2. Threat of substitutesassessing the ability of new products with superior characteristics to replace existing product(s) or service(s); (Comment) While armed guards seem to be the panacea of security, BMP4 and other tactics are proving effective, as well leading some to question the need for armed guards. 

3. Bargaining power of buyers– assessing the relative strength and number of buyers;* (Comment) the disparity in the size of the buyers (shipping companies) and the suppliers (armed security companies) coupled with the large number of entrants creates a situation in which buyers have strong bargaining power.  Prices continue to drop.

4. Bargaining power of suppliers– assessing the relative strength and number of sellers;* (Comment) with the exception of the few large player, suppliers generally have little, if any bargaining power. 

5. Rivalry among the existing players– assessing the relative competitive strength of rival firms.* (Comment) There is increasing rivaly among the players as new entrants enter the market.  Several large players are beginning to predominate the industry showing a trend toward consolidation.

* Concentration ratio (CR): the percent of market share held by the four largest firms within an industry is frequently used as a leading measure. A high CR means that few firms hold a large market share, are less competitive, and create a less competitive, more monopolistic landscape. Less competition leads to higher profit margins. A low concentration ratio indicates that an industry is characterized by many rivals, none of which has a significant market share. These fragmented markets are said to be competitive.   (Comment) Going back to my previous statement.  There are a huge number of new entrants but the vast majority of these companies are simply ‘hoping and praying’ that they can land a client.  Some companies have managed to sign clients only to realize that they cannot operationally support the clients.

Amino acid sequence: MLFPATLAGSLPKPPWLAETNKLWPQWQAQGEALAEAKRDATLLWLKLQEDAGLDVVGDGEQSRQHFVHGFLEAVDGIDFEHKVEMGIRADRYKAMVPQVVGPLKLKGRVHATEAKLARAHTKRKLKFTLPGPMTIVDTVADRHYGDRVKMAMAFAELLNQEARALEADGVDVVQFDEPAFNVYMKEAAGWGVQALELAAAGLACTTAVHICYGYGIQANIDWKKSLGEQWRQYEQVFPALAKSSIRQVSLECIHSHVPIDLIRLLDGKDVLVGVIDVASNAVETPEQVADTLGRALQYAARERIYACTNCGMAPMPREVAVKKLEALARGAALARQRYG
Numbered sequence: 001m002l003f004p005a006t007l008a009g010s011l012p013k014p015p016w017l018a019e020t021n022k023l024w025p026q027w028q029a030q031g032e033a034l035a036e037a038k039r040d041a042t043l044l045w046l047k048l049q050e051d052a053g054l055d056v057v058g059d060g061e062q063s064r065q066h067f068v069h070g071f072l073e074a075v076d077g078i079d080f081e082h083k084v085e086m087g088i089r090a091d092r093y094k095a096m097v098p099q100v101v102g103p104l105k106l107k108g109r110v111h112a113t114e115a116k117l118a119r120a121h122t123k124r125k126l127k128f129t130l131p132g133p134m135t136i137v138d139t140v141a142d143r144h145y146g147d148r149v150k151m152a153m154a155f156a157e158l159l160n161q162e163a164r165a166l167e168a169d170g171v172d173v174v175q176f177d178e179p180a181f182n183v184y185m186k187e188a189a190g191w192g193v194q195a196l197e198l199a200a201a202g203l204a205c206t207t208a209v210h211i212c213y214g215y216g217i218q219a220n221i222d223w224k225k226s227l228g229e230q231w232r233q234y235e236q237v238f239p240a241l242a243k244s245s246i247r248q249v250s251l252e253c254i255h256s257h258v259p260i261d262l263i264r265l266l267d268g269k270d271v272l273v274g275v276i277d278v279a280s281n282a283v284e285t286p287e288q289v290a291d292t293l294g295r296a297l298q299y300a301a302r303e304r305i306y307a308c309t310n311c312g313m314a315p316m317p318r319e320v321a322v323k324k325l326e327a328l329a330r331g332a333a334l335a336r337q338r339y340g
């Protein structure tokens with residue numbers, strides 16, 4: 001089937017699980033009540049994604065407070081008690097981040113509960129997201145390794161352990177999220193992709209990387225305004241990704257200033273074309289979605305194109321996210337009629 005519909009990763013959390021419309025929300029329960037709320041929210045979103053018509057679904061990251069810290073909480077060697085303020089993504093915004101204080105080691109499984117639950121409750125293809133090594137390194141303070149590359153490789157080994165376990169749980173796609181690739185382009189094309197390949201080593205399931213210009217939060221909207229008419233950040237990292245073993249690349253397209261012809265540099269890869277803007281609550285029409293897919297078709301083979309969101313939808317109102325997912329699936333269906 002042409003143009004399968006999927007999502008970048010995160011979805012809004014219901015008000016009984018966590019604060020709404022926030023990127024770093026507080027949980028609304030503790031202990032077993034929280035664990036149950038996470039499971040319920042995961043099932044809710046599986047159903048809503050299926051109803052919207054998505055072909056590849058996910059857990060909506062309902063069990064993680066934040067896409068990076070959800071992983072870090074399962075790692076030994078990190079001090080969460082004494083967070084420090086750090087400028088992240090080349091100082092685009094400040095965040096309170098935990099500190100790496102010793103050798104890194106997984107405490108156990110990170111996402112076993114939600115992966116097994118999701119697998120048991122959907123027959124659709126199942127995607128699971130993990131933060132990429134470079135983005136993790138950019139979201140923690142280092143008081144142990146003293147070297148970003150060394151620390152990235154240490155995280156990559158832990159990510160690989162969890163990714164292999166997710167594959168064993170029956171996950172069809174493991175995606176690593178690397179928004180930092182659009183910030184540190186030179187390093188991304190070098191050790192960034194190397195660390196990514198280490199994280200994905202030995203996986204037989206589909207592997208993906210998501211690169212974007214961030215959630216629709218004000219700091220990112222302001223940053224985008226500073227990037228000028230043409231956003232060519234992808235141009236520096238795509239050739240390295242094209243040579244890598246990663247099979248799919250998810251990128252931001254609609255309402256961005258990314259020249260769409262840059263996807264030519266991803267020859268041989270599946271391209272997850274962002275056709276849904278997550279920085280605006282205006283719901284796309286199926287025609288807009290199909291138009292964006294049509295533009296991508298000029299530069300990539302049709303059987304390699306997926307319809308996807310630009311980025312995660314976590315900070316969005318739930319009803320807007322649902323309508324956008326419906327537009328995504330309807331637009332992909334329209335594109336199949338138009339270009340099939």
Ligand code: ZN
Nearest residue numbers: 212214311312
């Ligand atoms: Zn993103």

It should be noted that the decrease in hijackings is anticipated to result in a reduction in the demand for armed security. (at least temporary reduction until an event such as an increase in hijackings causes an new demand). Additionally, the increasing number of entrants is going to continue to drive profit margins down until there is a shakeout in the market.  It is a fair assumption at this point to say that within the next 12 months, an estimated 50% of the maritime security companies within the industry will be nothing more than a vanity company (no business just a name) or will be out of business while the major players with the operating capital, economies of scale, and operational expertise will survive the shakeout and continue to grow as the industry continues to consolidate.  The end result with be a more mature, disciplined industry with fewer entrants and more consistent profit margins. Unfortunately for the vast majority of industry entrants, their foray into the market will likely be short lived as they are either forced out, or acquired by the larger competitors as the market continues to consolidate.

Comments»

1. Kevin Doherty - January 23, 2012

Thanks for the mention! Looking forward to taming the dragon and staying on the list for your mid-year and 2013 reviews! You should give out CEU’s to the MBA’ers for following the 5 Forces concept!

Kevin Doherty
President
Nexus Consulting